At least once a week, when I am at Northern Illinois University, and on my way to teach English composition, I am stopped in the hallway by a confused student who is looking for a certain room in “reevous” hall. The first few times this happened, it didn’t strike me as anything special. But after I got comfortable and began to think of the English building as my home away from home, I began to wonder about its history.
Reavis Hall (pronounced “rev-us”) is named after the influential educator, William Claude Reavis, who lived from 1881-1955. Mr. Reavis began his career as a teacher in rural Indiana and eventually became a professor of education at University of Chicago. Reavis published a number of books on educational administration, including The Elementary School, its Organization and Administration, and War and Post-War Responsibilities of American Schools.
As Chairman of the commission on appointments and field services, Reavis showed a high level of competence. When Illinois school district 158 hired him in 1949 to survey the north side of Lansing in order to determine the feasibility of a new school, he not only did this effectively, but also accurately predicted what the level of enrollment would be in 1960 to within eight students. There are a number of schools named after Mr. Reavis. Most notable of these is Reavis High School, in Burbank IL. as well as endowments and fellowships for people majoring in education administration
In the course of my research I learned that when Reavis Hall opened its doors in 1957, my own mother was one of the first students to attend classes within its walls. At that time, Reavis Hall fostered both English and Education classes.
Northern Illinois University was a great deal smaller in 1957, than it is now. According to my mother, the newly built Reavis Hall was on the outskirts of the campus. To get from Altgeld Hall, which housed classrooms back then and not administration offices, students had to cross what my mother describes as “a frozen tundra.” With no stadium or residence halls on the opposite side of Anne Glidden Road, the prevailing winds could pretty much roam freely from the Rocky Mountains until they got to Reavis. According to my mother, it was a real project to get there and students had to be very careful in bad weather, lest they get blown over on their way.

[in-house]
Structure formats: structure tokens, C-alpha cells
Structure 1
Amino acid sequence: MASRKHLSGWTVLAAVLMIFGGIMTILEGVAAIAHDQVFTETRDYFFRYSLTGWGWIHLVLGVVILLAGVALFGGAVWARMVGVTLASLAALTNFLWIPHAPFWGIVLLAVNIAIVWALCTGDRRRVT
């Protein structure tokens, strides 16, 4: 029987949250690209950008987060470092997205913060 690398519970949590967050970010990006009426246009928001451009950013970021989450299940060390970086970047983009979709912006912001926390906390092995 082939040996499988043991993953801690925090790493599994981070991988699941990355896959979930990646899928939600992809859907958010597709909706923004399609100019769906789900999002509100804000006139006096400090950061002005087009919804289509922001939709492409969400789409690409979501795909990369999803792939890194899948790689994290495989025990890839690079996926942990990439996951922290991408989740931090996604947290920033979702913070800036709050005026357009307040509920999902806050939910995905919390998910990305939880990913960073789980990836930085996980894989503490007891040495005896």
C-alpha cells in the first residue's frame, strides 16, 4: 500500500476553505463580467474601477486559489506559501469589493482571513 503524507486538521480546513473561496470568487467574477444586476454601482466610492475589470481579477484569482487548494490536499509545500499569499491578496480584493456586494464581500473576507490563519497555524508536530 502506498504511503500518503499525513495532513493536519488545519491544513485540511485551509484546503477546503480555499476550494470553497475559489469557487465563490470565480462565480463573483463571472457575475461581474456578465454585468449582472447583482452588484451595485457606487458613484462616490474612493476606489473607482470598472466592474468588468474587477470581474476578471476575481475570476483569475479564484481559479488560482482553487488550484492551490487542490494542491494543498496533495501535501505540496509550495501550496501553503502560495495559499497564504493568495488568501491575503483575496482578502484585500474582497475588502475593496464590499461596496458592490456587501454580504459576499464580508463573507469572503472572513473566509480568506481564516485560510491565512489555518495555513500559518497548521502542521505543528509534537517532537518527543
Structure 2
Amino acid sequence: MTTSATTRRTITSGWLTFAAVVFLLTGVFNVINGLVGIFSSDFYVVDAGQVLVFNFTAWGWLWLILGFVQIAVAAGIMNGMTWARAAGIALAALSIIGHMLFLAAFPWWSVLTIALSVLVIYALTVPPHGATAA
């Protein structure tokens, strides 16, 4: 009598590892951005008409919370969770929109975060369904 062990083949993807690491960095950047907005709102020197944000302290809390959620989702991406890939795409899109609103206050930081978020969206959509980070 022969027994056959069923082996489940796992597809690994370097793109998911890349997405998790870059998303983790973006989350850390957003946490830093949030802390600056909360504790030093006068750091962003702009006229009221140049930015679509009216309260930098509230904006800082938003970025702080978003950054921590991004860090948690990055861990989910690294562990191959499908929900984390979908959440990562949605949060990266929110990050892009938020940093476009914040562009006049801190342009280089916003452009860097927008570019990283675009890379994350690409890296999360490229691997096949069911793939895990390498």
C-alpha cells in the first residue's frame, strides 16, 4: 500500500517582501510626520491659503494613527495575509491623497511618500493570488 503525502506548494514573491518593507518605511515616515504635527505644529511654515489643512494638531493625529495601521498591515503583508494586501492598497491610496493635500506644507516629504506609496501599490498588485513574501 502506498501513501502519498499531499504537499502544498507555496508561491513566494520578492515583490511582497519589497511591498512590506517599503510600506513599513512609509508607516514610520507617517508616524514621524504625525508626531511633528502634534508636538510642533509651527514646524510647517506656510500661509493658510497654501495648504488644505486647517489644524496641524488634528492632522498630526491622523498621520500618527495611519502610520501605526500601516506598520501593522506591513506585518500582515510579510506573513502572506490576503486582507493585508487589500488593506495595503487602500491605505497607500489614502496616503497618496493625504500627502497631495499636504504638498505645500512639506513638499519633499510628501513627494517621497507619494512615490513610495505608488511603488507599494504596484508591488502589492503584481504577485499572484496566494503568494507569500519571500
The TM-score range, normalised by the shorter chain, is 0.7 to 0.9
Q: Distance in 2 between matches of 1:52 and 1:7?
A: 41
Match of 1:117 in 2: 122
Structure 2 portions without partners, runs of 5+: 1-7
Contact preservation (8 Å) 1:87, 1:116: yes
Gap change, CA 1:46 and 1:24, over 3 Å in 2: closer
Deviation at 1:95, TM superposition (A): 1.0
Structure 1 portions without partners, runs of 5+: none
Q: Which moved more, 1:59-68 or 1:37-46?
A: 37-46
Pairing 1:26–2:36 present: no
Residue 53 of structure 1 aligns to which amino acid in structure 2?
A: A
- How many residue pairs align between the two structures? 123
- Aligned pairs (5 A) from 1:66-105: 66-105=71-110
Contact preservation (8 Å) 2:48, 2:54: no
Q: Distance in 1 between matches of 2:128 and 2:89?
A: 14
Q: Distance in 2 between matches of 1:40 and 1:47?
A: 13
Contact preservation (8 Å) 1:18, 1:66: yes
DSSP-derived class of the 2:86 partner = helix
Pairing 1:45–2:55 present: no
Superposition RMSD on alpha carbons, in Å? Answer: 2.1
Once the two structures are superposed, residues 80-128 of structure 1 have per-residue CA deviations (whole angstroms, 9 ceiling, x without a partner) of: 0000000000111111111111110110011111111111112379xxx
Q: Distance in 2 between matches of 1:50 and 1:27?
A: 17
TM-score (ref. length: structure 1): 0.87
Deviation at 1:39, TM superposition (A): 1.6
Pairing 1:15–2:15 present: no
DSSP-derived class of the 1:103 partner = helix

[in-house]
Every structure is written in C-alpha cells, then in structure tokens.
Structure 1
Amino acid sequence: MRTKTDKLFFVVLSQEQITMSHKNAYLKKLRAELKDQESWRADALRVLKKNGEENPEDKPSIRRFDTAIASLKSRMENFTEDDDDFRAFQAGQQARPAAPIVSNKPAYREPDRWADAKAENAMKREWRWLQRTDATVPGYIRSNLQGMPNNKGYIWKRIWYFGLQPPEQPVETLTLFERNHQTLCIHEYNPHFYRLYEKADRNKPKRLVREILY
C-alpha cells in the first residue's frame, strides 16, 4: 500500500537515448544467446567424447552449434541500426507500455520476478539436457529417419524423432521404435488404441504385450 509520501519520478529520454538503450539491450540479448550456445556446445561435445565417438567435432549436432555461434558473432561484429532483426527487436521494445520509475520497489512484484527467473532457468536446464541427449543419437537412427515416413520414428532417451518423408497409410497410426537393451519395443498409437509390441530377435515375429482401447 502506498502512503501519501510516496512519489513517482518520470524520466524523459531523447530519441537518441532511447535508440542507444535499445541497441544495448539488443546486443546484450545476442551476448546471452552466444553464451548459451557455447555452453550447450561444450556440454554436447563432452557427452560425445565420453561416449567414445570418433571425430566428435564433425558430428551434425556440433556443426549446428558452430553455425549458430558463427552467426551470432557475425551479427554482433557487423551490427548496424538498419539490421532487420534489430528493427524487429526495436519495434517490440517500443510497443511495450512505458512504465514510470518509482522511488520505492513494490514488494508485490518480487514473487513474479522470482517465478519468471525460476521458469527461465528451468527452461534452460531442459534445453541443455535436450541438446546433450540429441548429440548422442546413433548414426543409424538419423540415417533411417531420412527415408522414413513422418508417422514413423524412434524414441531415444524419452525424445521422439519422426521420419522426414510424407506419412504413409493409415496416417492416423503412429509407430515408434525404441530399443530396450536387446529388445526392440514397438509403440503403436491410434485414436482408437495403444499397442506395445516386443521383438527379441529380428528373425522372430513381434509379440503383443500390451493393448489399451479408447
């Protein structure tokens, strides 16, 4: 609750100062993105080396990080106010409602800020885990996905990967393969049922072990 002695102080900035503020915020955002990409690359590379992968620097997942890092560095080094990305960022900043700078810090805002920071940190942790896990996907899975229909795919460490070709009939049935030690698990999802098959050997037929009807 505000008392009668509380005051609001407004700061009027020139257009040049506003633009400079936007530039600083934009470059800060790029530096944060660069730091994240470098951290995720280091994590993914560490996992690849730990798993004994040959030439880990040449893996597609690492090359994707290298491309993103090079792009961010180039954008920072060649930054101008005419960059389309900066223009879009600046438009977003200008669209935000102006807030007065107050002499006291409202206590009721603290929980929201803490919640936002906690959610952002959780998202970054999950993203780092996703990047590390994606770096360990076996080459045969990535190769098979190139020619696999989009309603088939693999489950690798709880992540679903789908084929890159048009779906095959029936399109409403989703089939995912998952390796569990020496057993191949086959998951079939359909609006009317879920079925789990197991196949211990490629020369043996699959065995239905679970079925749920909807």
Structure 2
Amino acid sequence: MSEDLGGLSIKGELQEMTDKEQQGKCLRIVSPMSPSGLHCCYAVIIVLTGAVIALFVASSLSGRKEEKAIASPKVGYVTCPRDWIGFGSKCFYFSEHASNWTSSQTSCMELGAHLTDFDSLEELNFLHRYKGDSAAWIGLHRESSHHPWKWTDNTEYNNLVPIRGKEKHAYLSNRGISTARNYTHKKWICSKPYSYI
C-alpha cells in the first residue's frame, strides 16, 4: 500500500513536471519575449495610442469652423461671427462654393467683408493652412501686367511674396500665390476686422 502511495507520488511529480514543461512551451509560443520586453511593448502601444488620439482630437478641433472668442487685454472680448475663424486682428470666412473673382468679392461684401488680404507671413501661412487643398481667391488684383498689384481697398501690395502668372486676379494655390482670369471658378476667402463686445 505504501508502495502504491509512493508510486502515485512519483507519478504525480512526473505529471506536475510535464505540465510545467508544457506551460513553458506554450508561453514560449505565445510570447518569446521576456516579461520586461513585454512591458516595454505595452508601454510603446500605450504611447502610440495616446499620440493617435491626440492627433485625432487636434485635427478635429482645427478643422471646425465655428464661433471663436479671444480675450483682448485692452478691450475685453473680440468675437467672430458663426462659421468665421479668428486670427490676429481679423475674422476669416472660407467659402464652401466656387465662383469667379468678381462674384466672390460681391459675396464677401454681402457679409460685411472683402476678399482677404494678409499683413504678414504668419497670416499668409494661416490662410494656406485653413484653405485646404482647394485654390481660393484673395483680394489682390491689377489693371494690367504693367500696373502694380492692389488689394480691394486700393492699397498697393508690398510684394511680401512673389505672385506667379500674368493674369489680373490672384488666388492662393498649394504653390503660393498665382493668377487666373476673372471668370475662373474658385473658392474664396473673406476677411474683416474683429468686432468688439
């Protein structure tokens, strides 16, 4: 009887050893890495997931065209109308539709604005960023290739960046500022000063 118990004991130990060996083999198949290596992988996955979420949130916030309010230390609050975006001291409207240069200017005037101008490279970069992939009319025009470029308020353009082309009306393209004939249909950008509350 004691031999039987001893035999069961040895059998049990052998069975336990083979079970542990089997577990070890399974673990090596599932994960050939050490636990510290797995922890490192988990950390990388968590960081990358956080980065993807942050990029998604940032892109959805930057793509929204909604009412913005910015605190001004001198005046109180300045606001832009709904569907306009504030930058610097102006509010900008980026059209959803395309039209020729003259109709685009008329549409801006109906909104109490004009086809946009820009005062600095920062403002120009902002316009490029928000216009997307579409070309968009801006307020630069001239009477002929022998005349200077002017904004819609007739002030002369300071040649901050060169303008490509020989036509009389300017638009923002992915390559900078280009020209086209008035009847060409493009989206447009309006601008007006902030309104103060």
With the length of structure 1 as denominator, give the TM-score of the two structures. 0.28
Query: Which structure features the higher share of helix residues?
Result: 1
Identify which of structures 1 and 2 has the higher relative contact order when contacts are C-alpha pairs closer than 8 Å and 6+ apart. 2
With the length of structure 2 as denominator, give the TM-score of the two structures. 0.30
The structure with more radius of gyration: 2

In fact, when Reavis Hall was built, the Kishwaukee river flowed east of Altgeld hall. It has since been diverted to run past Reavis.
Today Reavis Hall is no longer on the outskirts. Since 1957, the NIU campus has expanded to the point that Reavis is closer to the center than the outside. The intervening space between it and Altgeld has been more or less completely filled. With the construction of the Holmes Student Center, Founders Library, Zulaft Hall, and any number of smaller buildings, students can now reach Reavis without trekking across an open plain. The Convocation Center, Lincoln and Douglas residence halls, and of course the Stevenson building all serve to mitigate some of the wind that threatened to knock over my mother and her classmates.
Although the building is now fifty-one years old, Reavis is still much in use today. As the central hub for the First Year Composition program, Reavis Hall is visited by nearly every student that attends the university. Both undergraduate and graduate level English classes are held every day of the week in its “smart” computerized classrooms. Every spring, Reavis Hall hosts the Midwestern Conference on Literature, Language, and Media, which attracts presenters from all over the country. In addition, Reavis is used for various community activities such as the Muggle Academy for Jr. high and high-school students to enjoy the richness that literature has to offer.
Just last year all of the windows were replaced with more efficient and prettier looking tinted windows. Reavis is now warm in winter and cool in summer instead of the other way around. In addition to that, a number of the smart classrooms were recently upgraded with Sympodiums, which are a next-generation computer that allows instructors to write directly on the screen and save their notes. Reavis Hall may be a little aged, but it certainly isn’t too old.
The recent upgrades will insure that the building is capable of providing service to students and teachers for a number of generations to come. Plans may be in the works to add Reavis to the list of buildings with wireless internet capability. There are still a few classrooms that are not smart, due to the fact that a number of professors prefer a more traditional feel for their room. As time passes, however, these will probably become upgraded as well.
Because I lack the aptitude for educational administration possessed by the man after whom the building is named, I find it hard to tell exactly what the future is going to hold for Reavis Hall. However, two things are likely to remain constant. Reavis Hall will continue to provide opportunities for students and teachers to interact in a comfortable atmosphere, and undergraduates will most likely continue to mispronounce the name.
Read Full Post »